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Longstanding fears over consent and confidentiality are realised

If it feels like Pulse has been writing about consent and confidentiality fears related to the Summary Care Record forever, then that’s because in IT terms we have been.

Back in 2007, when the rollout began, Twitter was a largely unknown microblogging service and the very first iPhone was yet to hit the shops. Technological innovation moves at a more stately pace when it’s the NHS is doing it.

That year, Pulse ran a ‘Common Sense on IT’ campaign which highlighted a series of concerns over the consent and confidentiality safeguards in the new system.

GPs wanted patients to have to give explicit rather than merely implied consent before records were created. Plans to use data within the records for research purposes without explicit consent had Catholic and Muslim leaders up in arms, because they feared the research could be purposes contrary to their faiths, such as abortion or stem cell research.

We revealed that celebrities, politicians and other patients whose information is regarded as sensitive would be exempted from the automatic creation of a Summary Care Record, raising questions about the system’s security. And we reported that patients who did not initially choose to opt out of the Summary Care Record would be unable to have their records subsequently deleted.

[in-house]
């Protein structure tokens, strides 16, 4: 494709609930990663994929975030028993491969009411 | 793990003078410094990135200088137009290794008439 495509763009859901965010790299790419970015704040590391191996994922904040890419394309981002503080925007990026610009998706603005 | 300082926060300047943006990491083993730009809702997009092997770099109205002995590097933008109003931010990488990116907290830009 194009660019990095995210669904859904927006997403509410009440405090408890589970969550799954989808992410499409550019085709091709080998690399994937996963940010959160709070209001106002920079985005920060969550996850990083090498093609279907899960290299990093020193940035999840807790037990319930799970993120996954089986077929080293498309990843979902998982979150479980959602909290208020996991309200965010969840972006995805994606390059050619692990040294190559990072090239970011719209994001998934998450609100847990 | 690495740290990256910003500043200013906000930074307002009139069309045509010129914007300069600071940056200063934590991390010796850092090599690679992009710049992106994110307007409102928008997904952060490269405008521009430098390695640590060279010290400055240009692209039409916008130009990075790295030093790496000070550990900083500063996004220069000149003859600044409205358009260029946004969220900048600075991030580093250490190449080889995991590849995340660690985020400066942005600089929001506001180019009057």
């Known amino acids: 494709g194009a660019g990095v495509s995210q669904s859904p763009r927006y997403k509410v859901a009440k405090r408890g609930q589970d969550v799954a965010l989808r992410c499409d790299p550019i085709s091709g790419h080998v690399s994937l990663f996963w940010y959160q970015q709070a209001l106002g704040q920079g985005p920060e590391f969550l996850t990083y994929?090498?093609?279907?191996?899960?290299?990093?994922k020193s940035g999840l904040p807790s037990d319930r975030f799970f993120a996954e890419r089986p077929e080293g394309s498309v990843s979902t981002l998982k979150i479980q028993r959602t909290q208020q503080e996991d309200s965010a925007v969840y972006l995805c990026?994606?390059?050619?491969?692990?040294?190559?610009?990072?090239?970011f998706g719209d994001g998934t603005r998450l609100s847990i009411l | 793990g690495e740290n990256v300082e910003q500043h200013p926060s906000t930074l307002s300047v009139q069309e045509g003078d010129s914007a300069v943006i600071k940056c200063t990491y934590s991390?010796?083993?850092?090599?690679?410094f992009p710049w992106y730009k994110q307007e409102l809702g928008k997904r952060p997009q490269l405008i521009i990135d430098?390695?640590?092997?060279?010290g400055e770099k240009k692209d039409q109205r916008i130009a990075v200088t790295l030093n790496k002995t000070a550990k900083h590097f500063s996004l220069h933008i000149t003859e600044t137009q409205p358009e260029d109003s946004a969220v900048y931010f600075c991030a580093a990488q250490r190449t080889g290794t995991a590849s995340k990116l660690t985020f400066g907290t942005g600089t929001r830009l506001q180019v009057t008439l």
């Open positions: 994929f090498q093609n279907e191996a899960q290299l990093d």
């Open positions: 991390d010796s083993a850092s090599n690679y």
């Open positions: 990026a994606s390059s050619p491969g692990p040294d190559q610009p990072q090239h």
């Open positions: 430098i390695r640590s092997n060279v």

At the time, it felt as though the stories, while interesting and concerning, were somewhat theoretical. The Summary Care Record’s deployment to date had been patchy and it was far from certain it would continue. In the meantime, fewer than 1% of patients had bothered to opt out. (Now, with nearly 22 million records created and more than 41 million patients contacted, the figure stands at 1.34%).

But the news today that 4,201 patients had Summary Care Records created without them giving even implied consent – and that they will not be able to have them deleted – reignites the whole debate. Suddenly ‘what if’ scenarios have become reality.

There remain a series of questions about the incident, questions which the Department of Health has so far declined to answer. Where did the incident take place? Who was the supplier involved? And most crucially of all, have the patients affected even been informed?

There is also a real question over why the DH has decided that the records cannot be deleted. Although we reported in April 2009 that patients would not be able to delete Summary Care Records once created in order to maintain the audit trail, the next month, following a meeting with the Information Commissioner, Connecting for Health said that patients would now be able to have their record deleted on request, so long as it had not already been accessed as part of someone’s care. According to the official Summary Care Records website this appears to still be the case. (GP campaigner Dr Neil Bhatia has published a ‘deletions process’ document dating from 2010 here).

To date the rows over consent, confidentiality and security have done little to derail the Summary Care Record. Millions of patients have had records created, there has been some tentative evidence that out-of-hours prescribing and end-of-life care may have improved as a result and though painfully slow, the rollout has continued largely under the radar.

But now that hypothetical problems have become, for at least a few thousand patients, a reality, that may change.